Excerpt from Moloka'i by Alan Brennert, plus links to reviews, author biography & more

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by Alan Brennert

Moloka'i by Alan Brennert X
Moloka'i by Alan Brennert
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    Sep 2003, 384 pages
    Oct 2004, 384 pages

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Tears sprang suddenly to Henry's eyes. He thought of the prophecy–made over a century ago by the high priest Ka'opulupulu, who told the ruler of O'ahu that the line of kings would come to an end at Waikiki, and that the land would belong to a people from across the sea. O'ahu was soon conquered by armies from across that sea–Maui and, later, the island of Hawai'i–and now Henry wondered if he were seeing the other half of the prophecy coming true, if soon there would be an end to the line of kings.

As they passed by the casket Henry and Dorothy each grazed the tips of their fingers against the glass, until the grief of those behind them pushed them on, and out.

On the 15th of February, a somber Sunday, the king was finally laid to rest, beginning with a simple Anglican ceremony inside the throne room, as outside a long line of citizens, again including the Kalamas, stood coiled around the palace. At the conclusion of services a long procession of mourners left 'Iolani Palace on a solemn march to the Royal Mausoleum in Nu'uanu Valley. In years to come Rachel would remember only a few of these hundreds upon hundreds of marchers: the torch bearers representing the symbol of Kalakaua's reign, "the flaming torch at midday," now quenched; the king's black charger, saddled backward, the horse's head bent low as though it too understood grief; pallbearers carrying the king's catafalque, flanked by two columns of brightly plumed standard bearers; and the carriages bearing his widow, Queen Kapi'olani, and his sister Lili'uokalani, now Hawai'i's first reigning queen. The moment the king's casket left the palace grounds the air was shaken by the guns of the battleships Charleston and Mohican in the harbor, firing a cannonade in salute, along with a battery emplacement atop Punchbowl Hill. At the same instant, church bells all across the city tolled at once. Rachel clapped her hands to her ears; the noise was almost too much to bear, but she would never forget it, its violence and its majesty. And when the last official members of the cortege left the palace grounds, the procession was joined by those dearest to the late king– his subjects. Hundreds of ordinary Hawaiians who stood twined around the palace now took up the rear of the cortege, a human wreath slowly unfurling itself as the procession wended its way into the green hills above Honolulu.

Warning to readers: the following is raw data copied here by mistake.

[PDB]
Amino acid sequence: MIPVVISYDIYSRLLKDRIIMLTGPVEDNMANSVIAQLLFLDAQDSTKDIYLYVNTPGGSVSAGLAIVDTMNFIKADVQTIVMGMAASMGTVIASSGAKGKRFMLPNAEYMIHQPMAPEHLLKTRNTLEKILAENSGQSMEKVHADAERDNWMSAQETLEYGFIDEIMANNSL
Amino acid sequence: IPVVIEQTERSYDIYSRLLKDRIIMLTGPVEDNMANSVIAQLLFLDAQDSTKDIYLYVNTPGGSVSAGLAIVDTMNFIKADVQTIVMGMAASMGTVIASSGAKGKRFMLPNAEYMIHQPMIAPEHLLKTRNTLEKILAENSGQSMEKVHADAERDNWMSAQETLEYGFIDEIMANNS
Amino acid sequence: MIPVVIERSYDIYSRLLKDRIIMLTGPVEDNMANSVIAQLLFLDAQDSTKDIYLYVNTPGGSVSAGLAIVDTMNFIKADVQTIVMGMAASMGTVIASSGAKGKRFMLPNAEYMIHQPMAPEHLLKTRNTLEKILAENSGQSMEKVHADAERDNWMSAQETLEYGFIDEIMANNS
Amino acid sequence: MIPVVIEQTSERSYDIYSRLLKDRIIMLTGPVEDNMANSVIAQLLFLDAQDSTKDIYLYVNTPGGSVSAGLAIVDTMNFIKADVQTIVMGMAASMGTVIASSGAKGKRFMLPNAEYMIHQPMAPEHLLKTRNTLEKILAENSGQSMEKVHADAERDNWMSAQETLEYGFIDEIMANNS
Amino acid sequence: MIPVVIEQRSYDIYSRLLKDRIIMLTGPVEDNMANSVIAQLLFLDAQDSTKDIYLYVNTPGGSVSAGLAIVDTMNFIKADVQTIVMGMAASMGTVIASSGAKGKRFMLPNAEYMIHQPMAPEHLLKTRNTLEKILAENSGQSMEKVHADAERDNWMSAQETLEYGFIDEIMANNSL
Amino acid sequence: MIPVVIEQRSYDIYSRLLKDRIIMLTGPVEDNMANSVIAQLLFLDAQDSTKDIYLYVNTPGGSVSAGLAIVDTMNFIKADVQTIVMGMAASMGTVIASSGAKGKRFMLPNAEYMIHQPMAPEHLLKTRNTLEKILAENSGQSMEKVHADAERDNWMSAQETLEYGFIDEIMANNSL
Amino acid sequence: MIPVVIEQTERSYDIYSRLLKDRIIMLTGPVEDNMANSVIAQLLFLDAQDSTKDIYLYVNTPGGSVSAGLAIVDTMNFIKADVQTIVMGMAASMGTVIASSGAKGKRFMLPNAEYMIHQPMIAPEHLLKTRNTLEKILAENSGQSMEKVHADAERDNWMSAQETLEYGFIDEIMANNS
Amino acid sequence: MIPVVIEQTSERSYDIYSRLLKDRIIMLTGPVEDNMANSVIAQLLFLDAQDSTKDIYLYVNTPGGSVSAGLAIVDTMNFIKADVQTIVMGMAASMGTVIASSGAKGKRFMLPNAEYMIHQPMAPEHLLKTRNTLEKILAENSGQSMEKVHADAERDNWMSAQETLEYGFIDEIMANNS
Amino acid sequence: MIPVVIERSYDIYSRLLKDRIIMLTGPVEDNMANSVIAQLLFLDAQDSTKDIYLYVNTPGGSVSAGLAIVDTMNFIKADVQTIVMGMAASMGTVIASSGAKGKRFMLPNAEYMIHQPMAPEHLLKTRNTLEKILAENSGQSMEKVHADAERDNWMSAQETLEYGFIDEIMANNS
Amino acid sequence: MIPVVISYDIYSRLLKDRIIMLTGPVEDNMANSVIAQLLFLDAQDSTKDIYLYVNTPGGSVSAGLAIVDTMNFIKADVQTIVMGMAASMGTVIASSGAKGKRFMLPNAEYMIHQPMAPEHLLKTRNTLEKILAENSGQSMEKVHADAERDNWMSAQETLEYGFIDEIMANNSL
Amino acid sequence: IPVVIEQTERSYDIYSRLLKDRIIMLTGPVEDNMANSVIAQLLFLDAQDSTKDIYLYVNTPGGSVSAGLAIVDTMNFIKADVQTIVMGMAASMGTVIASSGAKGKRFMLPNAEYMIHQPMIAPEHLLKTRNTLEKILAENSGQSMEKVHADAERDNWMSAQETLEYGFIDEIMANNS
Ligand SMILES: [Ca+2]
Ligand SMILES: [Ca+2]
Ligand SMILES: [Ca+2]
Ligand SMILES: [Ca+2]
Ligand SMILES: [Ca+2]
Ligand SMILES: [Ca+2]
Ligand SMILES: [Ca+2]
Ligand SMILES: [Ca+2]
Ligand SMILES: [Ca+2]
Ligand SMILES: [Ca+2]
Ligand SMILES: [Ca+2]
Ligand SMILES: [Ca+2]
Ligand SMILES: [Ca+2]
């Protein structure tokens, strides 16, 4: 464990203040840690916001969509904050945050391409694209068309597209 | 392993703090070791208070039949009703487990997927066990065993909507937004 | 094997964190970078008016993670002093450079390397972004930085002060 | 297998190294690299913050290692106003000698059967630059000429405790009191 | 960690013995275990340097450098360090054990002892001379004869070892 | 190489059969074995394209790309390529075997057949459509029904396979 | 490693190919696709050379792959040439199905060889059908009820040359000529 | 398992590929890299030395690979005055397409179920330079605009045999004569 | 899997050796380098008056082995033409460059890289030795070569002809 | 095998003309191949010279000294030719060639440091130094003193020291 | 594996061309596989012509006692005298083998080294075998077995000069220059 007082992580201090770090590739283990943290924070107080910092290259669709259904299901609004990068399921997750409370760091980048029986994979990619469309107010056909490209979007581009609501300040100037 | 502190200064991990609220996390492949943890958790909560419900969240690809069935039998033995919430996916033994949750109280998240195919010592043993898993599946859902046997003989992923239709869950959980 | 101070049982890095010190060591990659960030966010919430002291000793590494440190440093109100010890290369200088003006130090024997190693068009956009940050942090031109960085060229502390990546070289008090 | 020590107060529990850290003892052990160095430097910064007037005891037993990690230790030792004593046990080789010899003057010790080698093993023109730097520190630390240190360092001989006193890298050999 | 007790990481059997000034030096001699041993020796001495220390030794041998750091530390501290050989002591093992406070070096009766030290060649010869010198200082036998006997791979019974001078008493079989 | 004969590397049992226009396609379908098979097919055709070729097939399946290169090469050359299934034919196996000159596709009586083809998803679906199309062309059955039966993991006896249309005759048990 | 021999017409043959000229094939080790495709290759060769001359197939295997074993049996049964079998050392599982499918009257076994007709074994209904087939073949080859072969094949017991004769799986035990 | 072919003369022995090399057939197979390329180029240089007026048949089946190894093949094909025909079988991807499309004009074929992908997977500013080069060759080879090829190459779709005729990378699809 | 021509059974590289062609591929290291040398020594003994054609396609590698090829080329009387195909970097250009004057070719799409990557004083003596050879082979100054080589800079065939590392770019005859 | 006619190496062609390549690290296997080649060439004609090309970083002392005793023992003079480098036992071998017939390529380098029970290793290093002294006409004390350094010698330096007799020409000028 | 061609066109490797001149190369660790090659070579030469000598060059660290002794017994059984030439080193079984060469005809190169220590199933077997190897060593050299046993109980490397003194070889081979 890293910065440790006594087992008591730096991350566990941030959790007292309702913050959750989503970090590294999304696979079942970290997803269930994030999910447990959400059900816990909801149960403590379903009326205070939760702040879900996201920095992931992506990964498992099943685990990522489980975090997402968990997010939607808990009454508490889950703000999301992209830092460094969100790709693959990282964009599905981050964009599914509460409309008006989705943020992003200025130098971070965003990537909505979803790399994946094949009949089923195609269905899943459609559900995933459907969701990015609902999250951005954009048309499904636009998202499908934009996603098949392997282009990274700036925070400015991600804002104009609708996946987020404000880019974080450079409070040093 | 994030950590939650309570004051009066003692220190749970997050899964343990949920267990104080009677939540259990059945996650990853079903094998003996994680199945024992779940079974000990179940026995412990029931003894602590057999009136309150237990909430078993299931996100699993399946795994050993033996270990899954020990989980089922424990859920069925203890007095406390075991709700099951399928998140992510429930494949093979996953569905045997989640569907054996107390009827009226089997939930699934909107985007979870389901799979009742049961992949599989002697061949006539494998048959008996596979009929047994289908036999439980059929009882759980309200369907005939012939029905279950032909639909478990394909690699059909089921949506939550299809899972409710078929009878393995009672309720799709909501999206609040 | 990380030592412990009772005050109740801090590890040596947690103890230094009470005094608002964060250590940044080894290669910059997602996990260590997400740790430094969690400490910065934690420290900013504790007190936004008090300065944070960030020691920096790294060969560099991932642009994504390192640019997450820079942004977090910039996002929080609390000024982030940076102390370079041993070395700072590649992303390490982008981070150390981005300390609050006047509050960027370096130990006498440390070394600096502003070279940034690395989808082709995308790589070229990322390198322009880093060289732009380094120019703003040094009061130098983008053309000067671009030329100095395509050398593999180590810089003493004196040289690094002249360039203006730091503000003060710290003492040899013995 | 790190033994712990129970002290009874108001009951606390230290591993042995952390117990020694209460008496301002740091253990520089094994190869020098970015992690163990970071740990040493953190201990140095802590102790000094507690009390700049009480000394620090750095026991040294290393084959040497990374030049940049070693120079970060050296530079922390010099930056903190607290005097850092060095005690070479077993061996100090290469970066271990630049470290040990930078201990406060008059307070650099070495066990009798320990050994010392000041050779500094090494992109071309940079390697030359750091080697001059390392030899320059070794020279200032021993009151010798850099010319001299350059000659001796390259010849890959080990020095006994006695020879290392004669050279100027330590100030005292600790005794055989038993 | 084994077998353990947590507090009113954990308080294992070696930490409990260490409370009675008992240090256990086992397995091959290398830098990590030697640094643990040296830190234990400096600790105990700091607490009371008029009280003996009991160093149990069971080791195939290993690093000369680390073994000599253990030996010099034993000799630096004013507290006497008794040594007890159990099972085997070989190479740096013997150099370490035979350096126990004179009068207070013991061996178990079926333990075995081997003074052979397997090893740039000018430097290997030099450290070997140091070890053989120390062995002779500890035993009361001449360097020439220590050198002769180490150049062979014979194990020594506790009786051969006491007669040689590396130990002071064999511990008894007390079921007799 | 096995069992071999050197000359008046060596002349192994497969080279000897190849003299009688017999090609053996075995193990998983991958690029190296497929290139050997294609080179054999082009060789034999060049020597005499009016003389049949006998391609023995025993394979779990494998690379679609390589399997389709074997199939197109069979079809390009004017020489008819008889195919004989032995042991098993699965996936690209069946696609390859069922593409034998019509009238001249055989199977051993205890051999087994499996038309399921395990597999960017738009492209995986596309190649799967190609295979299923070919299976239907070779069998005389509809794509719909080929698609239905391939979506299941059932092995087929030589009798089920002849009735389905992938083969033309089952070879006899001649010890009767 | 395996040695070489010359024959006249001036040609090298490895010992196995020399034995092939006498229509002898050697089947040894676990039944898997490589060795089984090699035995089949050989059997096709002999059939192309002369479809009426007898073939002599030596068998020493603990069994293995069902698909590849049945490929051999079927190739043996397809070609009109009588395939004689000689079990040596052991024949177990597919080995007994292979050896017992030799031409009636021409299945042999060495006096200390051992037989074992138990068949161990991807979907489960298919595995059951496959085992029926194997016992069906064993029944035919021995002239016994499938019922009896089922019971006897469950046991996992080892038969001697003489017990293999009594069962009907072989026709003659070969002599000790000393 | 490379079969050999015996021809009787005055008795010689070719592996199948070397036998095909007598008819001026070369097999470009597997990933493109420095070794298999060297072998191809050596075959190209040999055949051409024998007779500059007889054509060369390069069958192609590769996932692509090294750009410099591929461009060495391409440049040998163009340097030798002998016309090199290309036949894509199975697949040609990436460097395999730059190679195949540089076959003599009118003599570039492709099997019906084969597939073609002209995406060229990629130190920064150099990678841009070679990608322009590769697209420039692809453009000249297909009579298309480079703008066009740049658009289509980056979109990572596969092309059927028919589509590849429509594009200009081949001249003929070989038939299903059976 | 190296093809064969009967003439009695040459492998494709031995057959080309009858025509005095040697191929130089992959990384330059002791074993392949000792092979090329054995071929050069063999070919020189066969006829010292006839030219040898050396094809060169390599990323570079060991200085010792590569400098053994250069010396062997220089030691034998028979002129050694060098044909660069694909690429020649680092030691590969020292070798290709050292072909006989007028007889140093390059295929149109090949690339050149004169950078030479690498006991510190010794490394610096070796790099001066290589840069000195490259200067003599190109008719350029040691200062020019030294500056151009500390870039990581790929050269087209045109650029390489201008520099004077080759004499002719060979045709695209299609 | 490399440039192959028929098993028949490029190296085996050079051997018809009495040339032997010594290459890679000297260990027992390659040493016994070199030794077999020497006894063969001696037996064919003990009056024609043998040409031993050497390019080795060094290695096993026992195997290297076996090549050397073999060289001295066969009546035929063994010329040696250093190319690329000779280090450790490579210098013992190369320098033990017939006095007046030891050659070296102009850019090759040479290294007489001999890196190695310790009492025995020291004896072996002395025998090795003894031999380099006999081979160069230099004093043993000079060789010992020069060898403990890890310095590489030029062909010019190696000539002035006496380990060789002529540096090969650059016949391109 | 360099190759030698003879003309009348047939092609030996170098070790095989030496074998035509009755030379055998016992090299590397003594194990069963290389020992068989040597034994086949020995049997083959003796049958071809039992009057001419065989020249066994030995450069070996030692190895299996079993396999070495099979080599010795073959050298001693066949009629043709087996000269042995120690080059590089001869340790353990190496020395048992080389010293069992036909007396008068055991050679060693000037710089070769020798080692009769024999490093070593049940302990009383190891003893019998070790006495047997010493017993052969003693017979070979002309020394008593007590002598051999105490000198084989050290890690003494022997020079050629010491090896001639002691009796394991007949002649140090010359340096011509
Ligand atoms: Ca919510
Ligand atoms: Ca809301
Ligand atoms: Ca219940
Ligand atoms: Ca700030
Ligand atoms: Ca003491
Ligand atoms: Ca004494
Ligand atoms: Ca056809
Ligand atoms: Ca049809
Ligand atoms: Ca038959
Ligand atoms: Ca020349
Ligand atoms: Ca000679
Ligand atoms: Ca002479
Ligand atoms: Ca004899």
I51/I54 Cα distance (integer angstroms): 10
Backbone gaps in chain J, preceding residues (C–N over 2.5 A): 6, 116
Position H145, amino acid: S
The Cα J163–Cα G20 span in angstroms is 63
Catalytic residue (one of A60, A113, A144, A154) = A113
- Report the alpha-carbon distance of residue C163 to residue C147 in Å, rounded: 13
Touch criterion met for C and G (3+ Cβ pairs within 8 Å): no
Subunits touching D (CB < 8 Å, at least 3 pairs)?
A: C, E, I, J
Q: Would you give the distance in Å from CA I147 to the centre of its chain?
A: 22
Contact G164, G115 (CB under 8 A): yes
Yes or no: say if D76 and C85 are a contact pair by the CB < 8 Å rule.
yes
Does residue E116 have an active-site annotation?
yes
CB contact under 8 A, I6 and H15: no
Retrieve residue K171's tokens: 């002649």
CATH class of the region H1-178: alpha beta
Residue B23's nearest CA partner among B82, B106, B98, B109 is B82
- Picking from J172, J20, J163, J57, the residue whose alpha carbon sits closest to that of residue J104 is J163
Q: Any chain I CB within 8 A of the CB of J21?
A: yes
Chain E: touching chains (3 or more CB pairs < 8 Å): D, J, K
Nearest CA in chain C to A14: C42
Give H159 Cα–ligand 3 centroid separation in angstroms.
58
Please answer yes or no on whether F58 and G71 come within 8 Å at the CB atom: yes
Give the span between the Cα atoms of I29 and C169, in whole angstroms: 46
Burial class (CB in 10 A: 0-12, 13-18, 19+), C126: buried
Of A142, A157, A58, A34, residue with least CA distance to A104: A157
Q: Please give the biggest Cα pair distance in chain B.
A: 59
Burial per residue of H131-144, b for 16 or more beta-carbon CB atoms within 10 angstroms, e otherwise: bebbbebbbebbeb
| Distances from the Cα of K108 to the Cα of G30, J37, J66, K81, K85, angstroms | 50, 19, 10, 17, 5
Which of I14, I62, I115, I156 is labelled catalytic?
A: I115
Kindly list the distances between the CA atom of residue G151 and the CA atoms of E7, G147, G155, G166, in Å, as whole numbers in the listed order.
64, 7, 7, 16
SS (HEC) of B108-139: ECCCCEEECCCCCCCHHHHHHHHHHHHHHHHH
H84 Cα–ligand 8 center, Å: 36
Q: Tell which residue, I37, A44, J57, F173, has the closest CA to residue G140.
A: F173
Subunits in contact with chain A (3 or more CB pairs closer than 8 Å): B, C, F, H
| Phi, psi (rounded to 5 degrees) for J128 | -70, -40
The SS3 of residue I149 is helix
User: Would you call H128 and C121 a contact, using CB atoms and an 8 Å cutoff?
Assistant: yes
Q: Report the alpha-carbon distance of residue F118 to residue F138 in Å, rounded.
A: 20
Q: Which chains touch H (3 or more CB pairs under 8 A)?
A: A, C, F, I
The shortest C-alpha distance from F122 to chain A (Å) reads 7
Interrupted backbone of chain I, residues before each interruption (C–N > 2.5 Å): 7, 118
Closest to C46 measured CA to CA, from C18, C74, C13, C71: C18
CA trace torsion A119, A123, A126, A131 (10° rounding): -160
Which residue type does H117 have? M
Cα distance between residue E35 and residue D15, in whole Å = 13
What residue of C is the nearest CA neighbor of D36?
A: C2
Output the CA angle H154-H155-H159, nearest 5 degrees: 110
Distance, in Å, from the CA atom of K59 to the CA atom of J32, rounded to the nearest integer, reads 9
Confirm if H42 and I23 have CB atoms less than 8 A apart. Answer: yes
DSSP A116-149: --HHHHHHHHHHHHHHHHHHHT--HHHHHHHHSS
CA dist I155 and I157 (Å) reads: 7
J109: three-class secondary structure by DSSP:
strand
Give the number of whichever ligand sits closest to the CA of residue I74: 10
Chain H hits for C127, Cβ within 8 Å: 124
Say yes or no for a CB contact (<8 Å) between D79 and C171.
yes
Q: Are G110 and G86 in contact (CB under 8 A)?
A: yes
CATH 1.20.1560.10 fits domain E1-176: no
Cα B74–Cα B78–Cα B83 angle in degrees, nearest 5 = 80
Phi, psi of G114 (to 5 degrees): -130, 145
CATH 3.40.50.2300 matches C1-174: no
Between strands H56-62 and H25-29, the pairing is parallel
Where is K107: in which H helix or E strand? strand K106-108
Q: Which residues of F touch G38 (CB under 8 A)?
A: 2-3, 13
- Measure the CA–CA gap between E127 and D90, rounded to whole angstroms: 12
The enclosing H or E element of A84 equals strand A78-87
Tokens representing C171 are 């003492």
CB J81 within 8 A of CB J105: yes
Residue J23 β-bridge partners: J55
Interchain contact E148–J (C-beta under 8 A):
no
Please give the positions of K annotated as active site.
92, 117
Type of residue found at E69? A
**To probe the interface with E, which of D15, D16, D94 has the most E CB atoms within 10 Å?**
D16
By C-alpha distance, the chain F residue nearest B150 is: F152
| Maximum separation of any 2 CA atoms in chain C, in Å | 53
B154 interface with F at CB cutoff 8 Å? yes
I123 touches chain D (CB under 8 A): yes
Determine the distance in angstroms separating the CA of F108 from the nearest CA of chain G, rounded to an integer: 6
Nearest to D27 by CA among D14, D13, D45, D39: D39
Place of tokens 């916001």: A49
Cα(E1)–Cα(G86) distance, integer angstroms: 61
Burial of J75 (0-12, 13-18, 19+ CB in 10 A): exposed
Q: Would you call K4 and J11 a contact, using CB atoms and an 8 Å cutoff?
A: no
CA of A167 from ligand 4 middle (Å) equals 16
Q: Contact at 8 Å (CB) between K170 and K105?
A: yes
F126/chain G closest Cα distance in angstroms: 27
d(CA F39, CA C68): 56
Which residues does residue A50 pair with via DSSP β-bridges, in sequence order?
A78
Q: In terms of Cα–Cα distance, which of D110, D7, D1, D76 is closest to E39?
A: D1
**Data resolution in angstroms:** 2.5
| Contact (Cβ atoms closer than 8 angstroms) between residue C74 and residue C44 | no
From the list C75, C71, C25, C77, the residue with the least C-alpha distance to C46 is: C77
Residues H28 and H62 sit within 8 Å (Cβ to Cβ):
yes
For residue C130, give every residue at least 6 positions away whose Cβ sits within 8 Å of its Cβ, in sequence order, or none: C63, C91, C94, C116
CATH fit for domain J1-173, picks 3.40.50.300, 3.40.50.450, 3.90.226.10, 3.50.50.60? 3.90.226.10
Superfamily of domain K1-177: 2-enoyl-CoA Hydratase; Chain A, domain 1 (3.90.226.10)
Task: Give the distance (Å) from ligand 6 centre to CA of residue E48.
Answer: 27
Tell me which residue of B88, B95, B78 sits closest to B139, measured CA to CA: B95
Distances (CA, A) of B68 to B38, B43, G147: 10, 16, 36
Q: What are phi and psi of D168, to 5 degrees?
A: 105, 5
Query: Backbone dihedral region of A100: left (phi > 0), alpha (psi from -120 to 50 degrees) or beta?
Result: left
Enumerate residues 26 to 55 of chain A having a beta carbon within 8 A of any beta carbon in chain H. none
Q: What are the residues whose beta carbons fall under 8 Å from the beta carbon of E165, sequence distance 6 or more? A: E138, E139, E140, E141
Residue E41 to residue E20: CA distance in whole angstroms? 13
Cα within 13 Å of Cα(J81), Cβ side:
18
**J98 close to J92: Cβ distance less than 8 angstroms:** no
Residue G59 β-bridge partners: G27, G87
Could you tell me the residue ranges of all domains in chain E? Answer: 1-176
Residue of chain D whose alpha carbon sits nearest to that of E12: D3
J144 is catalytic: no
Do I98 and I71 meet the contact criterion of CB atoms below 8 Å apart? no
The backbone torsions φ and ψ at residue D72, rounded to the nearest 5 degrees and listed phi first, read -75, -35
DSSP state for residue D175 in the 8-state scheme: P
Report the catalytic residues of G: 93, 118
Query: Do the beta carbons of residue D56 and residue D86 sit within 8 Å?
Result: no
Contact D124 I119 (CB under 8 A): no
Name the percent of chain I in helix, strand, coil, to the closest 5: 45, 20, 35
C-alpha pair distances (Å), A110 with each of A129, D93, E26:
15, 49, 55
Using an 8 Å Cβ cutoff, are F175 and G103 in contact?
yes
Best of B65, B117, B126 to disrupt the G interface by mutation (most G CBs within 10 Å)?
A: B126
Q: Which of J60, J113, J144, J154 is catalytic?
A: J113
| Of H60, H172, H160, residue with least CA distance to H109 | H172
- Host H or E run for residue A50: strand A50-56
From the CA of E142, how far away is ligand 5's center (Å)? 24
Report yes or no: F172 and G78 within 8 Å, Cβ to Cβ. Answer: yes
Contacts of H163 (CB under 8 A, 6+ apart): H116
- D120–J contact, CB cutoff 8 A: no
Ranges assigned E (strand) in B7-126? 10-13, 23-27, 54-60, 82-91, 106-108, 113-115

Rachel understood only that death was a kind of going-away, as when her father went away to sea; but since her father always came back she could not imagine the king would not as well. And so as his casket receded into the distance she raised her hand and waved to him–as she did her father when he boarded his ship and it sailed out onto the open sea, disappearing over the edge of the world.

That moment came, as always, too soon. Papa was home only six weeks before he had to ship out again, this time for San Francisco and, after that, South America. But because he spent so much time away from his children, Henry always did his best to cram six months' worth of activity into the breathless space of one or two, taking them fishing for shrimp in Nu'uanu Stream or riding the waves at Waikiki. The latter had to be managed with stealth and discretion, since Mama had accepted the missionaries' proscription against surfing, seen as a worthless, godless activity; Papa would spirit the children away on some pretext, recover his big redwood surfboard from its exile at his friend Sammy's house, then, one child at a time, paddle out beyond the first shorebreak and instruct them in the ancient art of "wave sliding."

Another day Papa packed everyone up in their rickety old wagon and took off up a winding six-mile road to Mount Tantalus overlooking the city. The road meandered through bowers of stooped trees bent low over the dirt path, the foliage at times so thick it seemed they were driving through a tunnel of leaves, the air sweet and loamy. At a lookout high above the city they sat and ate a picnic supper; Rachel peered down at the green V of the valley, at the doll's houses of Honolulu spread out below that, and at the long sweep of coastline from Diamond Head to Kalihi Bay. Thrilled and amazed that she could see so much all at once, she gazed out at the thin line separating blue ocean from blue sky and realized that somewhere beyond that were the distant lands her father knew–the lands of cherry dolls and matryoshka, moonfaced rag dolls and little yellow amahs.

This excerpt ends on page 17 of the hardcover edition, at the end of chapter 1. Copyright © 2003 by Alan Brennert.

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